koralleen (koralleen) wrote,

a coincidence

Winfield was lovely, better than ever. The weather was gorgeous, my sunscreen worked, Jennifer was a blast, Victoria was too, and the music was excellent all over the place. The trip did involve a lot of air travel time, though, so I got some reading done. I can recommend Harry Truman's Excellent Adventure as a fun history ramble written in mercifully large type (I need new glasses something fierce). Anne Lamott's Grace (Eventually), not so much. I had enjoyed Bird by Bird but this book was too whiny for me.

And I pretty much loved reading Holy Hullabaloos. Subtitled "a road trip to the battlegrounds of the church/state wars", it presents chapters based on Supreme Court decisions. I learned a lot, it was fascinating; however, the author set my expectations way too high in his prologue. He claimed to be inspired by Sarah Vowell's Assassination Vacation, which is a brilliant book marked by the deft application of devastating humor. This guy, Jay Wexler, is some kind of humorist as well--at the end of the book he advised that I check out his humorous writing online but I can't make myself look. Throughout what is otherwise a fine book he has inserted the clumsiest jokes and stories. Here and there I did smile (his imaginary conversations held by Supreme Court justices in particular are really funny) but for the most part it was just annoying.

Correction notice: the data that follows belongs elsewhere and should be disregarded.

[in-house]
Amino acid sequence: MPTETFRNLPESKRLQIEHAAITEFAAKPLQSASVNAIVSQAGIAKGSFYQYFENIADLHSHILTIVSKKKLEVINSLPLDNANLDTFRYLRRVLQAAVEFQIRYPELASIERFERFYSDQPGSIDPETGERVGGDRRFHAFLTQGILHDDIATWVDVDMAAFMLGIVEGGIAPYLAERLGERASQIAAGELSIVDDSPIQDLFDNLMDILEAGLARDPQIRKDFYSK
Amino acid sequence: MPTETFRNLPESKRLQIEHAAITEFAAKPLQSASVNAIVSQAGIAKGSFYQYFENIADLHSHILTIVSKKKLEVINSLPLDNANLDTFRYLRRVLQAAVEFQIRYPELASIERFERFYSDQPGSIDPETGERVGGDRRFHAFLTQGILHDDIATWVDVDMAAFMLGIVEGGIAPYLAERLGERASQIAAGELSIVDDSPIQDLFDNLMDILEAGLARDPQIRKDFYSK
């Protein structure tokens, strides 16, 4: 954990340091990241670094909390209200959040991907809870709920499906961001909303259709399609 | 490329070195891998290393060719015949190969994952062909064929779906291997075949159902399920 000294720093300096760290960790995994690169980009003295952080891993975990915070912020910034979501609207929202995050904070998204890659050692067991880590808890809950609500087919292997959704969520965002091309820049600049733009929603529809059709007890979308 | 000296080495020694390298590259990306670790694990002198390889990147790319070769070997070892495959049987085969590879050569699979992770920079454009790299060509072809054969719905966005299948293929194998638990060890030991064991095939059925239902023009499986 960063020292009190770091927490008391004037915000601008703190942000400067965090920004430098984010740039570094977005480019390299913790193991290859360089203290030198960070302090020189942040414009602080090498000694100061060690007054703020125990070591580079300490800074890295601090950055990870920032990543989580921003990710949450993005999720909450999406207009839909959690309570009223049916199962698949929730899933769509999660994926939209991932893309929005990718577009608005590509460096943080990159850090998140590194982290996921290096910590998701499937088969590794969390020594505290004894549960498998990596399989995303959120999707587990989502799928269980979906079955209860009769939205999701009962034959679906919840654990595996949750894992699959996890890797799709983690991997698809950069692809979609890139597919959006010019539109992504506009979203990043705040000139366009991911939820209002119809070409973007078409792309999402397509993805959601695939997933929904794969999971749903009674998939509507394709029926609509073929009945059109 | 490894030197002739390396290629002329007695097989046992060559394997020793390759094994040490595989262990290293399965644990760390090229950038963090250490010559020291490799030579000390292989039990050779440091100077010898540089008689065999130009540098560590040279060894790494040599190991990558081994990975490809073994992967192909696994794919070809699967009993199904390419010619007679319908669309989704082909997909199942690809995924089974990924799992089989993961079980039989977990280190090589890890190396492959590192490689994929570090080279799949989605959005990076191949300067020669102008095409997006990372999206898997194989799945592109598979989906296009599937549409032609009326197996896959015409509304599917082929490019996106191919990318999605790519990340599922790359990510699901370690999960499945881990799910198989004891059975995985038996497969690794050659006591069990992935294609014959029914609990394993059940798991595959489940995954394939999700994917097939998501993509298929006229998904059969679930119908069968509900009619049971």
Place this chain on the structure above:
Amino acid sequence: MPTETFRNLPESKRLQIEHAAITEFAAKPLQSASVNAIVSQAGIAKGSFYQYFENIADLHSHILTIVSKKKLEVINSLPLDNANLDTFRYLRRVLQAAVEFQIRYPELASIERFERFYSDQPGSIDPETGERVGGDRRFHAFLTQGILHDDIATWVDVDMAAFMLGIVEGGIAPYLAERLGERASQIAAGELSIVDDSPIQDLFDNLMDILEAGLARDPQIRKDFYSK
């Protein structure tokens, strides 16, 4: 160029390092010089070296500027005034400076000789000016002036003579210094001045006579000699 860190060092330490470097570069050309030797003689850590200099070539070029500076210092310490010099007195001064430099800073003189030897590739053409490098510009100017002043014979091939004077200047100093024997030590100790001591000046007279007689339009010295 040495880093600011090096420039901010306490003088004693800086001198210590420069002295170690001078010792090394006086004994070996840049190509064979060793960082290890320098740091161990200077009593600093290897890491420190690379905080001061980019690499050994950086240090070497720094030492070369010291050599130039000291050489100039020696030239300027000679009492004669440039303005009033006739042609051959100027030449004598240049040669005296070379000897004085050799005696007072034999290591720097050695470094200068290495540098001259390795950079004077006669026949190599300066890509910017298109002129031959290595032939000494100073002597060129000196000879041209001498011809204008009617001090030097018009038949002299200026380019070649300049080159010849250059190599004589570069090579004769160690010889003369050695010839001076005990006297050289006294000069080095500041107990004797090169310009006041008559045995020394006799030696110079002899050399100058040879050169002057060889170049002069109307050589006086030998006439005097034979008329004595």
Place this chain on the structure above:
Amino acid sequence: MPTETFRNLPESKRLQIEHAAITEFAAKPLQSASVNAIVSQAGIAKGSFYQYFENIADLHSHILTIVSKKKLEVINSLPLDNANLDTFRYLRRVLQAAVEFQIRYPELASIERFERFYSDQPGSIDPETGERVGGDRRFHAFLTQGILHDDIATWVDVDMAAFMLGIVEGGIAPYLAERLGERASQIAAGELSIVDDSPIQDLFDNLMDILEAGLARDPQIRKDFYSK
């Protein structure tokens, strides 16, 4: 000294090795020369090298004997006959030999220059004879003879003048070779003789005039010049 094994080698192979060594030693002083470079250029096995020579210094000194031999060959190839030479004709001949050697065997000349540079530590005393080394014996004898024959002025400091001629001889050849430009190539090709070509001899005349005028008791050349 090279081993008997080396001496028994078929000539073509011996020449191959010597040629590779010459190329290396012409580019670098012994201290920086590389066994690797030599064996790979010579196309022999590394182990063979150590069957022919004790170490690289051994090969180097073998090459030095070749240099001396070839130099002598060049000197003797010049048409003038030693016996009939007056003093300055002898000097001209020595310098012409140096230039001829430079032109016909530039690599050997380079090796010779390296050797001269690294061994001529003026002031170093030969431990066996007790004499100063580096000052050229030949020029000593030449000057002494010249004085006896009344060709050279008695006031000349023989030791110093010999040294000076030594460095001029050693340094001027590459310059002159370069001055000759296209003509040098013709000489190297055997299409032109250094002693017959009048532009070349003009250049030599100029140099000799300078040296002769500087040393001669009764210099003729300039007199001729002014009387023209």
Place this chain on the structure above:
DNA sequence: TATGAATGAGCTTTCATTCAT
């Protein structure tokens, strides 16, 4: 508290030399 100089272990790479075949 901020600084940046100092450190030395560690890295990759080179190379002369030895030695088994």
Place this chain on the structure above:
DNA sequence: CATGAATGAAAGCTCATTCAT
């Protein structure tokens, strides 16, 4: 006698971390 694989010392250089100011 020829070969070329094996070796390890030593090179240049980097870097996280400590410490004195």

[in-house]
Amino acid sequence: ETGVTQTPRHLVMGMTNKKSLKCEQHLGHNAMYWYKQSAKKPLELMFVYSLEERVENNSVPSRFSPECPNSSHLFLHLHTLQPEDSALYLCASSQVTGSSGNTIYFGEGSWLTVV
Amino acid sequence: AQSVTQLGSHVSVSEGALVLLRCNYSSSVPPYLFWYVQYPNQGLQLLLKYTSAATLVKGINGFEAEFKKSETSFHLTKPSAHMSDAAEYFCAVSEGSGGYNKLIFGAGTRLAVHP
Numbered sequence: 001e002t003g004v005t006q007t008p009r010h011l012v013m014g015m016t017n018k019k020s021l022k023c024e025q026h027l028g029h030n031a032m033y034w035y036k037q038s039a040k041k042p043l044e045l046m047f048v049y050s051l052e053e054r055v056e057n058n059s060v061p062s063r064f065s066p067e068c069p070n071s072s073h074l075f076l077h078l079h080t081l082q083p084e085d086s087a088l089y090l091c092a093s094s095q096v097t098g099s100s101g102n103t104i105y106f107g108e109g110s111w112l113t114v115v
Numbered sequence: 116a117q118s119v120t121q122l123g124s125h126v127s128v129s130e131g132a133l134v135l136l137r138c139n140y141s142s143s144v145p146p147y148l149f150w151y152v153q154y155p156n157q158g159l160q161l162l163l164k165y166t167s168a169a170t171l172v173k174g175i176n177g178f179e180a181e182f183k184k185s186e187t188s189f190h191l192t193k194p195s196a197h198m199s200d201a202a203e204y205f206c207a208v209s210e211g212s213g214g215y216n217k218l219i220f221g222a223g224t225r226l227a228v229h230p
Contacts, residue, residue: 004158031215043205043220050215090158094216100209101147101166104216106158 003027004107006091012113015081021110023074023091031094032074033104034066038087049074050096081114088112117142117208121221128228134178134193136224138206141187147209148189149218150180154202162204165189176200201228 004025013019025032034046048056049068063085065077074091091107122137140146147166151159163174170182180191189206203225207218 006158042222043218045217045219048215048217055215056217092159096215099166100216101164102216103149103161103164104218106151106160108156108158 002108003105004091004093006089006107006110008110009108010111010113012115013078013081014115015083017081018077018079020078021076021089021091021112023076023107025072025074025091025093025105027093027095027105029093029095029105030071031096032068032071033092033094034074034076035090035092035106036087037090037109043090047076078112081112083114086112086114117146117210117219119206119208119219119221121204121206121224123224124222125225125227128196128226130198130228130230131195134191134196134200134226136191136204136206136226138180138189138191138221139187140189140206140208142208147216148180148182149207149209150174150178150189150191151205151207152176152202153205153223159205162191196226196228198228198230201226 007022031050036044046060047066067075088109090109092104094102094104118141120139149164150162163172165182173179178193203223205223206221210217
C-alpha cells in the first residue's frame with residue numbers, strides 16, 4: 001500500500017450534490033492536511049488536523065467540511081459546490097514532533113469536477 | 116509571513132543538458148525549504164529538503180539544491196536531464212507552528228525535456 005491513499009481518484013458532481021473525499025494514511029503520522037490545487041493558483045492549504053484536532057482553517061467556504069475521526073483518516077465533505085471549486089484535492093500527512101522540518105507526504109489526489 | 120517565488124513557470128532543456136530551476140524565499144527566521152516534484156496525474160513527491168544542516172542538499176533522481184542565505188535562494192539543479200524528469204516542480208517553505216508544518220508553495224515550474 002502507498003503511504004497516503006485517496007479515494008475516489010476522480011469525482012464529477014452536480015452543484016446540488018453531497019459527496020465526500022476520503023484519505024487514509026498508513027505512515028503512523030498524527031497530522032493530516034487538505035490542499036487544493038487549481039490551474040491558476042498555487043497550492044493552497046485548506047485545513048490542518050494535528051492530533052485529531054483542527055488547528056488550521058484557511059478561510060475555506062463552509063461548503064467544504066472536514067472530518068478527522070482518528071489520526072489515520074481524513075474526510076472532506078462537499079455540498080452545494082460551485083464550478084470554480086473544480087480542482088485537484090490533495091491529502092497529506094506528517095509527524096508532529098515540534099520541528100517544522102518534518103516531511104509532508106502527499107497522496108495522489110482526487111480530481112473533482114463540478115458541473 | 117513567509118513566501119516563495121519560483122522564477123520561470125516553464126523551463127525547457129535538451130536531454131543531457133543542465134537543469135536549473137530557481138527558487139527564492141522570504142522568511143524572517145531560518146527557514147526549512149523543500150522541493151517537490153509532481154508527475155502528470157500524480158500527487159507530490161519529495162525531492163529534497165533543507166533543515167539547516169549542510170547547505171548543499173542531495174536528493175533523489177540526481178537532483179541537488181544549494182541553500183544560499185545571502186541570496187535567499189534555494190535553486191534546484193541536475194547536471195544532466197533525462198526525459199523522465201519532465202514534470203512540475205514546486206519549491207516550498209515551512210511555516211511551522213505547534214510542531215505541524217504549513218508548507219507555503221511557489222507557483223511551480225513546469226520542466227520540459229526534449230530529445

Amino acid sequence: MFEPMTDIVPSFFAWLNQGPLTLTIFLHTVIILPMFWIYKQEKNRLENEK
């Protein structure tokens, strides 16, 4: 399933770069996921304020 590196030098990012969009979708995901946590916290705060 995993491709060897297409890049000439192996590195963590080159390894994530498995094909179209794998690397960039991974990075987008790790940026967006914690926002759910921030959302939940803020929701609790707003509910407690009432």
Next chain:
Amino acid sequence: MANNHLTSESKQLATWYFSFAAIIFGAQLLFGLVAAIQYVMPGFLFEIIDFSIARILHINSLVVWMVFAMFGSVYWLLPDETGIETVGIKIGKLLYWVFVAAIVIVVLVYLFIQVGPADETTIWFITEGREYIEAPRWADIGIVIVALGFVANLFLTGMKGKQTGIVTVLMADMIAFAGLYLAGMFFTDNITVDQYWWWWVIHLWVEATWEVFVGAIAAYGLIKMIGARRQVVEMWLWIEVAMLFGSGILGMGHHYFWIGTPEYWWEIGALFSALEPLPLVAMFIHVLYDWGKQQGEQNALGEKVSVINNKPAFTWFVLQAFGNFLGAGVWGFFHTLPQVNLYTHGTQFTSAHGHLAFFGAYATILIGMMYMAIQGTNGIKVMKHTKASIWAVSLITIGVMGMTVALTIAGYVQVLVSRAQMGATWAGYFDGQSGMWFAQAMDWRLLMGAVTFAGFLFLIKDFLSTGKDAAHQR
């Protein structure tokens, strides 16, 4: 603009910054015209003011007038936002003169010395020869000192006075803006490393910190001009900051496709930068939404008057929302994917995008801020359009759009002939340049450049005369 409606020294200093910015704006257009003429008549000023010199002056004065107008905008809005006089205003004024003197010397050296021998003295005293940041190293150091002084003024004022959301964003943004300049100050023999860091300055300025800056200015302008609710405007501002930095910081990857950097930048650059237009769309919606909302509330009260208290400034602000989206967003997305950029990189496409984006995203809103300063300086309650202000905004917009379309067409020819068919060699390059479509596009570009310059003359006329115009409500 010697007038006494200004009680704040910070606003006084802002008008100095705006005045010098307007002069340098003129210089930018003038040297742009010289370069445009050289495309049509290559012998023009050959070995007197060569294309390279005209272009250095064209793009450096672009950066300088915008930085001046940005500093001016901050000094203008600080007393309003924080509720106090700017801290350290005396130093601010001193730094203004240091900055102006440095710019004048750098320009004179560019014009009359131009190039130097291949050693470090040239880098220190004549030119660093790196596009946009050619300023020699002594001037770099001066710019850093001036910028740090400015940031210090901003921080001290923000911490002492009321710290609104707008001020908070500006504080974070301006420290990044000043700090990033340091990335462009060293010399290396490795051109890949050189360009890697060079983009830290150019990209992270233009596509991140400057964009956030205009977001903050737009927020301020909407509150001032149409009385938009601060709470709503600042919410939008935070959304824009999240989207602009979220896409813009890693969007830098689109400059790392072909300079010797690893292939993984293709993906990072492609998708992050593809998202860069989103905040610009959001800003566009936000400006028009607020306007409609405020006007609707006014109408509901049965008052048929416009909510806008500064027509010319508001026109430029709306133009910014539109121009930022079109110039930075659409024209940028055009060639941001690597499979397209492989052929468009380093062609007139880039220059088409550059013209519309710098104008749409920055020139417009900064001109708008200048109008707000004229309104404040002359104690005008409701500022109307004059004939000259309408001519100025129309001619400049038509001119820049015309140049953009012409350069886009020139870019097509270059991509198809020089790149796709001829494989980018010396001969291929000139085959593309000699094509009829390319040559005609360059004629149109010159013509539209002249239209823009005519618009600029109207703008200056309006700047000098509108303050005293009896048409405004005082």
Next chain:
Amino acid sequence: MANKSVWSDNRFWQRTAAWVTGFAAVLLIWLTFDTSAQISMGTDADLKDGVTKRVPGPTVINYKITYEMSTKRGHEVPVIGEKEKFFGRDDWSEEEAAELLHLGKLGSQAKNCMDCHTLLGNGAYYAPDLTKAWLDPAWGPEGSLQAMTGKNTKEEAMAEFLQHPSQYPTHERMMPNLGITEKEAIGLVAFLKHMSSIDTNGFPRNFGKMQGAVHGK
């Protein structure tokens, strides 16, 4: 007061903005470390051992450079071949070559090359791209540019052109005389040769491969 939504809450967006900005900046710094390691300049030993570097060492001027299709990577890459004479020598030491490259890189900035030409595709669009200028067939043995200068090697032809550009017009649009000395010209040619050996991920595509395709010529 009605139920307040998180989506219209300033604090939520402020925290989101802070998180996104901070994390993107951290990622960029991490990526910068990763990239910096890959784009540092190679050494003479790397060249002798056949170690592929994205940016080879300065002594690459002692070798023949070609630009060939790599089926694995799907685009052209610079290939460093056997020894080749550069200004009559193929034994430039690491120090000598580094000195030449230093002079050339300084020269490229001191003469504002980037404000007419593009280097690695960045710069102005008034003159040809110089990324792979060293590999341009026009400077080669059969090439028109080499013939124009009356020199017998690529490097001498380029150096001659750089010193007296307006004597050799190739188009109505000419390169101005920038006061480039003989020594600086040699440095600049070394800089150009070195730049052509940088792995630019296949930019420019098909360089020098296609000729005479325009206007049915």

So I winced my way through the book and found myself agreeing with Professor Wexler often. In the final chapter he discusses teaching evolution in schools. Since each chapter also includes a road trip of some sort, he visits the Creation Museum and gives a thorough description of what he sees there on the tour. In a paragraph analyzing his reaction to creationists he says, "...what I think we should do is treat creationists with some teasing that occasionally creeps over to snarkiness, work as hard as we can to stop creationism from influencing our public policy ... but ultimately recognize that those who reject evolution are citizens just like us who are entitled to our respect, even if we disagree fundamentally with what they believe." That sounded fine to me when I read it on Sunday.

But when I was standing in someone's kitchen on Tuesday, listening to a mom talk about her upcoming trip to take her kids to the very same museum I was unable to treat her with teasing that crept into snarkiness. The best I could do was stare with what I hoped was more indulgence than horror. "What would Jay Wexler say?" I thought frantically. It probably would have been something super corny. I just kept quiet. I think I would have been more vocal if it had been someone else talking, but in the year or so that I've known her this mom hasn't given me any reason to believe that sort of conversation would be productive.

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